Jerome By Any Other Name (would still be steep)
I am not really a fan of Jerome . The town itself is charming – filled with bed and breakfasts, restaurants and shops and spectacular views. It’s just that my vertigo and claustrophobia always get the better of me. Called “America’s Most Vertical City”, its elevation is 5,000 feet, and it can only be reached by driving up winding roads with high mountains on one side and steep drop offs on the other. While wandering the streets of Jerome I feel like I am walking in the Funny House at the carnival. You know the one where the floor is tilted?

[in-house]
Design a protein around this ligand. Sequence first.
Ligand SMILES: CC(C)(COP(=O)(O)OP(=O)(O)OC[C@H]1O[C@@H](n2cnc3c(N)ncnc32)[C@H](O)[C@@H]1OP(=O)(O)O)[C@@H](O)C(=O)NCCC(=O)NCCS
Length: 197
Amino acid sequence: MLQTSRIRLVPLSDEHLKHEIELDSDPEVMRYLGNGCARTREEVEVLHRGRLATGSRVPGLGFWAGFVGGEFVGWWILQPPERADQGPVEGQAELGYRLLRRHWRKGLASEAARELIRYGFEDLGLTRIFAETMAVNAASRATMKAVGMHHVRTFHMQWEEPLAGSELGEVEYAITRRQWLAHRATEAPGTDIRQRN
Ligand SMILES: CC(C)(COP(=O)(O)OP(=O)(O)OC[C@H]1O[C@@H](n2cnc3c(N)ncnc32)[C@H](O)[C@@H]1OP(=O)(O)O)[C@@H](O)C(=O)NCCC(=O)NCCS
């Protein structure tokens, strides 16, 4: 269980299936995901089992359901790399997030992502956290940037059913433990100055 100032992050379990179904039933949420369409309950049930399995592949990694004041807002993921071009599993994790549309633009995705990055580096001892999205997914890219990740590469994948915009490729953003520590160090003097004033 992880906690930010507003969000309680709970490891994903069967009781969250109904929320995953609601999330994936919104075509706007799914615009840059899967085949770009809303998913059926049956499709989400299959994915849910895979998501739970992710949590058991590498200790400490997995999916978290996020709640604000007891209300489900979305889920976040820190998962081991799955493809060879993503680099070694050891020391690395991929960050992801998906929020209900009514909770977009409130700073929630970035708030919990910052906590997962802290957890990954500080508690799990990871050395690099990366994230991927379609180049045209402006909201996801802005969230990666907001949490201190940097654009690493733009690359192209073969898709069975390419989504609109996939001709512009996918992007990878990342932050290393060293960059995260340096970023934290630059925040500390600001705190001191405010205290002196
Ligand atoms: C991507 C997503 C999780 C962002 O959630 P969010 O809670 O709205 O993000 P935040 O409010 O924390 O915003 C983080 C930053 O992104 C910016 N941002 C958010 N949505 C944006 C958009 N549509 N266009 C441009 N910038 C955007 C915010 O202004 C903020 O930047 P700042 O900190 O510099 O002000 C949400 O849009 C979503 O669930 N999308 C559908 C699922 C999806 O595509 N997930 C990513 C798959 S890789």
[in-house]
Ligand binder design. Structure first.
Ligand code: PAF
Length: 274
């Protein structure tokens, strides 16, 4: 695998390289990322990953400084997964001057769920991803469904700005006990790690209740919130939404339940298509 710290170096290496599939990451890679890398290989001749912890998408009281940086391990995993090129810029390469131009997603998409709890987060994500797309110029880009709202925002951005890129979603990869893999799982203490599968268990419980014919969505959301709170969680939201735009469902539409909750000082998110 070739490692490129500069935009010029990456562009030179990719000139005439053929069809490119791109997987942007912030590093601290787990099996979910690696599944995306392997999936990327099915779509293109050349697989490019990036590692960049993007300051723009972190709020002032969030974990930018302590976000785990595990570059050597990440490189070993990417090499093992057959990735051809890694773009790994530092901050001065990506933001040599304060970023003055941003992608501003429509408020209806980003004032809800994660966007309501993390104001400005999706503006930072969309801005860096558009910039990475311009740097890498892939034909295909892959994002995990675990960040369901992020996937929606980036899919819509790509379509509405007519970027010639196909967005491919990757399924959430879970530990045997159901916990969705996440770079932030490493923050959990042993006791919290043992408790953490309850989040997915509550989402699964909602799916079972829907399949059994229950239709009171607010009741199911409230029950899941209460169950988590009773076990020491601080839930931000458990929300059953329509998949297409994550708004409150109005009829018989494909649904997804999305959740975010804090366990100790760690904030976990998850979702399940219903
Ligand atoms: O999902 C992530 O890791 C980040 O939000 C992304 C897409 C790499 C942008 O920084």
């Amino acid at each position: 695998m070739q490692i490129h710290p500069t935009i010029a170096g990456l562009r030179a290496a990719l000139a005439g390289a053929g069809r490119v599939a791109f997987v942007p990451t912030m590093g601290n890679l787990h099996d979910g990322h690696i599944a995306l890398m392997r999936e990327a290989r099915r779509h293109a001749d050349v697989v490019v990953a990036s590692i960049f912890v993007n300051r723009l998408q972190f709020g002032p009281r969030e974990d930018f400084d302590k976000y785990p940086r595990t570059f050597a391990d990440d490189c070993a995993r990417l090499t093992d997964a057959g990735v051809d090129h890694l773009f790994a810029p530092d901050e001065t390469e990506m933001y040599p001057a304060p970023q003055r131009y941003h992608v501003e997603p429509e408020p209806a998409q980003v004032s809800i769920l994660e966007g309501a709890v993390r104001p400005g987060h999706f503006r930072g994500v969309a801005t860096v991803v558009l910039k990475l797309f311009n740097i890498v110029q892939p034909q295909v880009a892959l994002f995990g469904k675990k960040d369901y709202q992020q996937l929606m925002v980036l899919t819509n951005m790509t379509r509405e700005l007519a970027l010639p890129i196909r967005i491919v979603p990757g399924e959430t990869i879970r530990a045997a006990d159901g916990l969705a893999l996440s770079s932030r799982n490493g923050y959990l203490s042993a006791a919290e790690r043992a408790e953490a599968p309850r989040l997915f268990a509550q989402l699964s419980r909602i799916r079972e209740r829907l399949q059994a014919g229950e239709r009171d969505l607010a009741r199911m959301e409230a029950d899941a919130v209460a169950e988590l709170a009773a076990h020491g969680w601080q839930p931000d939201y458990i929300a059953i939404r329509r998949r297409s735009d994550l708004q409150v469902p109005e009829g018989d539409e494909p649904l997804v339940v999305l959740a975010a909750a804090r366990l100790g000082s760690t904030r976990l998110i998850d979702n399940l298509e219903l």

Jerome became a notorious “wild west” town, a hotbed of prostitution, gambling, and vice. On February 5, 1903, the New York Sun proclaimed Jerome to be “the wickedest town in the West”.
The historic copper mining town of Jerome has also been called the “Largest Ghost Town in America”. It’s population peaked at 15,000 in the 1920’s, but after World War II the demand for copper slowed, and the Phelps Dodge mine closed in 1953. In 1967 Jerome was designated a National Historic District by the federal government. Today Jerome is a thriving tourist and artist community with a population of about 450.